The special theory of relativity describes the motion and dynamics of objects moving at significant fractions of the speed of light.

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Relativistic transformation of electrical current [closed]

If, in frame $S$, we have an electrically neutral wire with some current $I$, modelled as positive charges moving in $x$ direction and negative charges moving in $-x$ direction, then how would one ...
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Dirac Equation in RQM (as opposed to QFT) is written in which representation?

In introductory Quantum Mechanics treatments it is common to see the Schrödinger's equation being written, simply as: $$-\dfrac{\hbar^2}{2m}\nabla^2\Psi(\mathbf{r},t)+V(\mathbf{r})\Psi(\mathbf{r},t)=...
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Help understanding Bell's spaceship paradox

The problem statement of Bell's Spaceship paradox is this: Two spaceships float in space and are at rest relative to each other. They are connected by a string. The string is strong, but it ...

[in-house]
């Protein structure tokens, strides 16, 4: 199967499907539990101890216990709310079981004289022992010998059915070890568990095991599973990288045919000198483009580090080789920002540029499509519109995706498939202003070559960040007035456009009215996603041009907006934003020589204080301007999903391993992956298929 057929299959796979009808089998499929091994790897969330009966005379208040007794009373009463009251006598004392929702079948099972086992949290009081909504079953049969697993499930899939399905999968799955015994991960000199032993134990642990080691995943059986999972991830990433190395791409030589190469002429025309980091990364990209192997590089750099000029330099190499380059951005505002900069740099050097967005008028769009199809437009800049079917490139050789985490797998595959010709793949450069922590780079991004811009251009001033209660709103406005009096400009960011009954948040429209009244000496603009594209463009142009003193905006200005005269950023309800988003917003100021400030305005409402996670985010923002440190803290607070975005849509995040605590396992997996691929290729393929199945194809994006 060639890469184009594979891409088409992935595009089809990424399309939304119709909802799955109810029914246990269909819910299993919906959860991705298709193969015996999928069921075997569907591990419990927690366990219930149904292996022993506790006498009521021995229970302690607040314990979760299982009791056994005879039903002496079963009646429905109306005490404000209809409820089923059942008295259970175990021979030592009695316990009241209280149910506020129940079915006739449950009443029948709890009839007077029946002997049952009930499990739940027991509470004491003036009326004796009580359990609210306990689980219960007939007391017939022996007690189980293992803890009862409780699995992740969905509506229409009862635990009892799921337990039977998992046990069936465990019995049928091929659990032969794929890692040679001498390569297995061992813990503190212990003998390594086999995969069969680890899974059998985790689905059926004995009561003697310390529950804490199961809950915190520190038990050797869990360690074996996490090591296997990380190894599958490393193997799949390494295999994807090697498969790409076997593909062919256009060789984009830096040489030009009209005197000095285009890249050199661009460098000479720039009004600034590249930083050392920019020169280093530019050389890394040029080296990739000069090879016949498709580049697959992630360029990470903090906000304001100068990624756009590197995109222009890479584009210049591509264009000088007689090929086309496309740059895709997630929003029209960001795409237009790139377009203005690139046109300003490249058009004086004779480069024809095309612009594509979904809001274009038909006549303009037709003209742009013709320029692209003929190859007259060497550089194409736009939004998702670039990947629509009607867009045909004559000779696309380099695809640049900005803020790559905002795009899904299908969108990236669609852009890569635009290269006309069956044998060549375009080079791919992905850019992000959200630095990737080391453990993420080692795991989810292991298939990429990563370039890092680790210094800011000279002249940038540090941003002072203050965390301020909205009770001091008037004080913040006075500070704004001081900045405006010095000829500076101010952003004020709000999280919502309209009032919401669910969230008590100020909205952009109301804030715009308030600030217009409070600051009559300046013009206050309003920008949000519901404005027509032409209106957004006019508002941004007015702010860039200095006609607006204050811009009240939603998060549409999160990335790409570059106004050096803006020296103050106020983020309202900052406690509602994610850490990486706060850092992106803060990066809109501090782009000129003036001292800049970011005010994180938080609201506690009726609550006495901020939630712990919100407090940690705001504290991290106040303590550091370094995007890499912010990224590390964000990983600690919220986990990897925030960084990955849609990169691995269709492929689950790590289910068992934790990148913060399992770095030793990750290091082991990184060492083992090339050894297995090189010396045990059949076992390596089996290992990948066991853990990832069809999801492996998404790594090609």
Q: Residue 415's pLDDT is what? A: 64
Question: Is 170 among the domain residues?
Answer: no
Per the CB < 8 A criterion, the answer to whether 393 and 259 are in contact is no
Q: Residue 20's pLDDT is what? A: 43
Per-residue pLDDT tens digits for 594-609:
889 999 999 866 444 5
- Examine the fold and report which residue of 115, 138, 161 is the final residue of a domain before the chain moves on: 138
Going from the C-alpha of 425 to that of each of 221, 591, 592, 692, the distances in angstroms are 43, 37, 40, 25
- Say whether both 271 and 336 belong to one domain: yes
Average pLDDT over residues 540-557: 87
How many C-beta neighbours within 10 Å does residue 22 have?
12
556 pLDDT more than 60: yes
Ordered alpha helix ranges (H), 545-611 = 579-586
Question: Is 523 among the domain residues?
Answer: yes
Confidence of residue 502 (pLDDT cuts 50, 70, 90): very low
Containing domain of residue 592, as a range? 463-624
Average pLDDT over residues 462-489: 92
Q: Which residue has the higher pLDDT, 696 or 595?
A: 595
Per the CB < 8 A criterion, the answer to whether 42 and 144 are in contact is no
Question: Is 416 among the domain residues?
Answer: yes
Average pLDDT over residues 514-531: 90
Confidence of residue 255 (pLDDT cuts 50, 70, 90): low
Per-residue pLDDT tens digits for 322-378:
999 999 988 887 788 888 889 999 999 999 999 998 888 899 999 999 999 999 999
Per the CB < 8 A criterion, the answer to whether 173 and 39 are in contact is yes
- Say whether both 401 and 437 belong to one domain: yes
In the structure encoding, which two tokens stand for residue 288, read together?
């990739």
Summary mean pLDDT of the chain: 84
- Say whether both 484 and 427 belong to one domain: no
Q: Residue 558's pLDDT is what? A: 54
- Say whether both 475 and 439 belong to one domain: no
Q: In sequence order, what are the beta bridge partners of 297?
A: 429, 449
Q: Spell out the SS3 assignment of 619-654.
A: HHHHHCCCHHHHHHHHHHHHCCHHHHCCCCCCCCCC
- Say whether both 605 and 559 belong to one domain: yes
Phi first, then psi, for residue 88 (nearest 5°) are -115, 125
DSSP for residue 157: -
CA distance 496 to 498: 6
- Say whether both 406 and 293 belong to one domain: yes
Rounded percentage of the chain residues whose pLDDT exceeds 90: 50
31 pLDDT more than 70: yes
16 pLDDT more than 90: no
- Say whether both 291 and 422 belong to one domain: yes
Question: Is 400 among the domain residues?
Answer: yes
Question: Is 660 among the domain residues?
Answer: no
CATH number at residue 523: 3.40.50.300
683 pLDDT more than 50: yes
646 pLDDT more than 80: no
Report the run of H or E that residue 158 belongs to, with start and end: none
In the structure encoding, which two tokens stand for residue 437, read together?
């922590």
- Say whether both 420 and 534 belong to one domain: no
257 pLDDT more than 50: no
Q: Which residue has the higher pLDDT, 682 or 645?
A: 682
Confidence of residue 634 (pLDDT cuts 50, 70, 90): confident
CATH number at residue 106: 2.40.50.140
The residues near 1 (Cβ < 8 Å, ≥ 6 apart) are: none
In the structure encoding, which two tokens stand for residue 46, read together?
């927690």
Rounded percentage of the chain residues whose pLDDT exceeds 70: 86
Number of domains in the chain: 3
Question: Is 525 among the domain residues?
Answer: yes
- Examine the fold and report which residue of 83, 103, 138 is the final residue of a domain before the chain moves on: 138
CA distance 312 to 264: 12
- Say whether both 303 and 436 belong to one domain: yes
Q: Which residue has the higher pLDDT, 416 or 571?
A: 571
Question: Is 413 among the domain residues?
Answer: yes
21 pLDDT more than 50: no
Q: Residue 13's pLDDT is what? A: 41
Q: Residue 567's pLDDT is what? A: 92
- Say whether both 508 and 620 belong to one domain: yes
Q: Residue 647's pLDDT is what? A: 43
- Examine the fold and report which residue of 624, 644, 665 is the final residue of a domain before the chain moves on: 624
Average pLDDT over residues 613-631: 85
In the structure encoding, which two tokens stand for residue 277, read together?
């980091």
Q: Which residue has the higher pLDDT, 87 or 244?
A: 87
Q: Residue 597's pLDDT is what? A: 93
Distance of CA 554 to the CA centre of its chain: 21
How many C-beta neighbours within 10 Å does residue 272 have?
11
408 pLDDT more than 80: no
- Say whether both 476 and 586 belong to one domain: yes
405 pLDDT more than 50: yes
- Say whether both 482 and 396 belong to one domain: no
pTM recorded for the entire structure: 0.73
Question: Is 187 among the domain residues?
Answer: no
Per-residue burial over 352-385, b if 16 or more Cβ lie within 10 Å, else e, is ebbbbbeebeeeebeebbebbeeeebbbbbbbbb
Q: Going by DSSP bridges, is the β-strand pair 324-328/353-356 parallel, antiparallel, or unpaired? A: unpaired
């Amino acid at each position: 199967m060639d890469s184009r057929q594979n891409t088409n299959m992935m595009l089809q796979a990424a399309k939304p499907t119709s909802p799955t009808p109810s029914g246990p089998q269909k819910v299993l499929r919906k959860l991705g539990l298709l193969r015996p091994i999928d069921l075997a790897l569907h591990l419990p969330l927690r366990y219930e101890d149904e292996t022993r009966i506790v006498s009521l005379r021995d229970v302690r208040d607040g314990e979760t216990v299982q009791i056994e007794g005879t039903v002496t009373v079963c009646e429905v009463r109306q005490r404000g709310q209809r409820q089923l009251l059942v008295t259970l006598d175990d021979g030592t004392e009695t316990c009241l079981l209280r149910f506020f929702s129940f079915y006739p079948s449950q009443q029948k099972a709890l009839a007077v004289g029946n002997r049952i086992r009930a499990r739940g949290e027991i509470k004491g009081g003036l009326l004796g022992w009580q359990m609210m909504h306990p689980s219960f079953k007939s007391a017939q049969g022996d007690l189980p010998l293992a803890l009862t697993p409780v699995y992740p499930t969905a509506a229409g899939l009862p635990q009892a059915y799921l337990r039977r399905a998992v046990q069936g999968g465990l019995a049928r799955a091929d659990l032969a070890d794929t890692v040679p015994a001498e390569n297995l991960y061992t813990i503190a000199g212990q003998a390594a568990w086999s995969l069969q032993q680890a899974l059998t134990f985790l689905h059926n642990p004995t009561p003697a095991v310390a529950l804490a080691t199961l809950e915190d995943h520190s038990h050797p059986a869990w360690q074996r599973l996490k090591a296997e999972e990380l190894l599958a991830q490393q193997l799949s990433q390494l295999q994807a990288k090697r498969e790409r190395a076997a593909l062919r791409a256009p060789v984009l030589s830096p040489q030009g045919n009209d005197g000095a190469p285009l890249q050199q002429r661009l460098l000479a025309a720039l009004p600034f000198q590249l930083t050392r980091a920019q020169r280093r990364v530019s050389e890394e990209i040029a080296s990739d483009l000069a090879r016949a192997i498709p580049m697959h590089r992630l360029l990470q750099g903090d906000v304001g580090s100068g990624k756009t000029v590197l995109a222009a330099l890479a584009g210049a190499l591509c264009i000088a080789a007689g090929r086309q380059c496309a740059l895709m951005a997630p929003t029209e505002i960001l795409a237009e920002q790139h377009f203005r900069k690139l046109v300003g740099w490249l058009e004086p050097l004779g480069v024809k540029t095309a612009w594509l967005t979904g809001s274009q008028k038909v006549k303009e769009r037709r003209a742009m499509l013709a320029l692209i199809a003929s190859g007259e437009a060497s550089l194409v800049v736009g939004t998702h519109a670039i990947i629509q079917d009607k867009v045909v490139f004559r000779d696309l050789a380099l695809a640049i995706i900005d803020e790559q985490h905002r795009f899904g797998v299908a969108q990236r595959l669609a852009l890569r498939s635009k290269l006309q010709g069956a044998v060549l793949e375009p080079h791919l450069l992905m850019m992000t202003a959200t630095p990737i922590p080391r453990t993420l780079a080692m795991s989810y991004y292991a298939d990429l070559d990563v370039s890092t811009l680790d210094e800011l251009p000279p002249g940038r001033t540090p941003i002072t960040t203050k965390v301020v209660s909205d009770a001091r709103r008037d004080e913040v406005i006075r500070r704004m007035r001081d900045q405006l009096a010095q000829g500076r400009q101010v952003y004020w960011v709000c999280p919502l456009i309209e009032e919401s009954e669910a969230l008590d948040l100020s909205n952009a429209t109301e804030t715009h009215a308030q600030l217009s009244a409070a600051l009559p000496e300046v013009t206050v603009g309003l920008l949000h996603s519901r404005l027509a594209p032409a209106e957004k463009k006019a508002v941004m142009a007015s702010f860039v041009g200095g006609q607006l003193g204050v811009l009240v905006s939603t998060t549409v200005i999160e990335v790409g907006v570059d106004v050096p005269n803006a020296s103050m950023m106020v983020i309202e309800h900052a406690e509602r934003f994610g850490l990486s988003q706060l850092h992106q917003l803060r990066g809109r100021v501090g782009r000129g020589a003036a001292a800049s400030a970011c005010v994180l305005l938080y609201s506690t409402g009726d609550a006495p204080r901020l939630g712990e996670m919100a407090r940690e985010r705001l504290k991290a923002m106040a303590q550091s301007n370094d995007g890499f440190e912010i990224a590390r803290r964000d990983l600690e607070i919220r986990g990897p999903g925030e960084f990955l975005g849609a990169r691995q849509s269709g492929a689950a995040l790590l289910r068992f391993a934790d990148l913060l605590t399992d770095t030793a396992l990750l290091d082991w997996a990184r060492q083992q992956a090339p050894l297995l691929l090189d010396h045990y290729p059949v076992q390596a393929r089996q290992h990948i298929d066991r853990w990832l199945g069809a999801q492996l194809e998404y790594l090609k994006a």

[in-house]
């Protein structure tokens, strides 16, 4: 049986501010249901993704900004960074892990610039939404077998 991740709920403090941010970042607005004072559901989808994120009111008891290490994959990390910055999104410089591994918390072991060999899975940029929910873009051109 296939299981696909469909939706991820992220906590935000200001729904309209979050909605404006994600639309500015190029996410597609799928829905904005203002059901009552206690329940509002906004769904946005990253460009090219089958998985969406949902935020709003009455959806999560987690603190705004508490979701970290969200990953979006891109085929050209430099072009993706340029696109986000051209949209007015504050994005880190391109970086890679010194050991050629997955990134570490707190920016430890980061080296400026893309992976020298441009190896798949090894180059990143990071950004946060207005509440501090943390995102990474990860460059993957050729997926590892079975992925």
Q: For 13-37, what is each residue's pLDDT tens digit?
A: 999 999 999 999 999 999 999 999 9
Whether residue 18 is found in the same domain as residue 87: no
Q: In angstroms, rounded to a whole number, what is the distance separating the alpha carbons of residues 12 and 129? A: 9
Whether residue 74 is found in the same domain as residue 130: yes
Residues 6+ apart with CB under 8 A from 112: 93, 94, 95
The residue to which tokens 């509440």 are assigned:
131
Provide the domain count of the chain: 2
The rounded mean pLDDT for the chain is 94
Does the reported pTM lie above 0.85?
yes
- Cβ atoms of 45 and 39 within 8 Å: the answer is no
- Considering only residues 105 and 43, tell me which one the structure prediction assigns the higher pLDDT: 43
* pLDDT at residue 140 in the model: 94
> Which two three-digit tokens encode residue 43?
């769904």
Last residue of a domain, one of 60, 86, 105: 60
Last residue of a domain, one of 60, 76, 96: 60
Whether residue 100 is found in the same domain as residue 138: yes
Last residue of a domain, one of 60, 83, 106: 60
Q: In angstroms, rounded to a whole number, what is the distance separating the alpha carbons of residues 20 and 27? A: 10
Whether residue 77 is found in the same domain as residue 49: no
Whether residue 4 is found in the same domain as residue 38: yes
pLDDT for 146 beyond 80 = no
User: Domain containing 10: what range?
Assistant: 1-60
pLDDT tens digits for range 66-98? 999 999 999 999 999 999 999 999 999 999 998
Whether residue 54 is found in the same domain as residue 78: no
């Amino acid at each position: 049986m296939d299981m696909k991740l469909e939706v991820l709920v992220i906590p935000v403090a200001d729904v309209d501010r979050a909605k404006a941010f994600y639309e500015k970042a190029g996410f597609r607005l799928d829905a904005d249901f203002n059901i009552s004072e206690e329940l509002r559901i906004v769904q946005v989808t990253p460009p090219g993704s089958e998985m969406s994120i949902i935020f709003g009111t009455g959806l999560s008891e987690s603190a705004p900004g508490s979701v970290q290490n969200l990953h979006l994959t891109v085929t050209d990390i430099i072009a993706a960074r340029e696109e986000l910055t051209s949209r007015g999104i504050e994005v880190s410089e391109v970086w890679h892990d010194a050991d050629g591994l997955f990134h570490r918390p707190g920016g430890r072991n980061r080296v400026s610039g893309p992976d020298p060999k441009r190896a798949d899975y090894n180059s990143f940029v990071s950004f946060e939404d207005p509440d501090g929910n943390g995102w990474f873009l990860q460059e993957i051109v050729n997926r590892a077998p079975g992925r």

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1answer
41 views

Reference for Reichenbach synchronisation and non-standard special relativity

My professor introduced in the last lesson a new method for clock synchronisation, which he called "Reichenbach synchronisation". In this new method, two clock A and B synchronise themself with the ...
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Parallel axes between inertial frames in Special Relativity

In "CLASSICAL ELECTRODYNAMICS" by J.D.Jackson, 3rd Edition , $\S$ 11.3, the author gives in equation (11.19) a generalization of Lorentz transformation as follows : If the axes in K and K' remain ...
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What spacelike, timelike and lightlike really mean?

Suppose we have two events $(x_1,y_1,z_1,t_1)$ and $(x_2,y_2,z_2,t_2)$, then we can define $$\Delta s^2 = -(c\Delta t)^2 + \Delta x^2 + \Delta y^2 + \Delta z^2$$ which is called the spacetime ...
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After proving that the photon remains stationary in the fourth dimension, must we conclude that the fourth dimension is moving at c? [closed]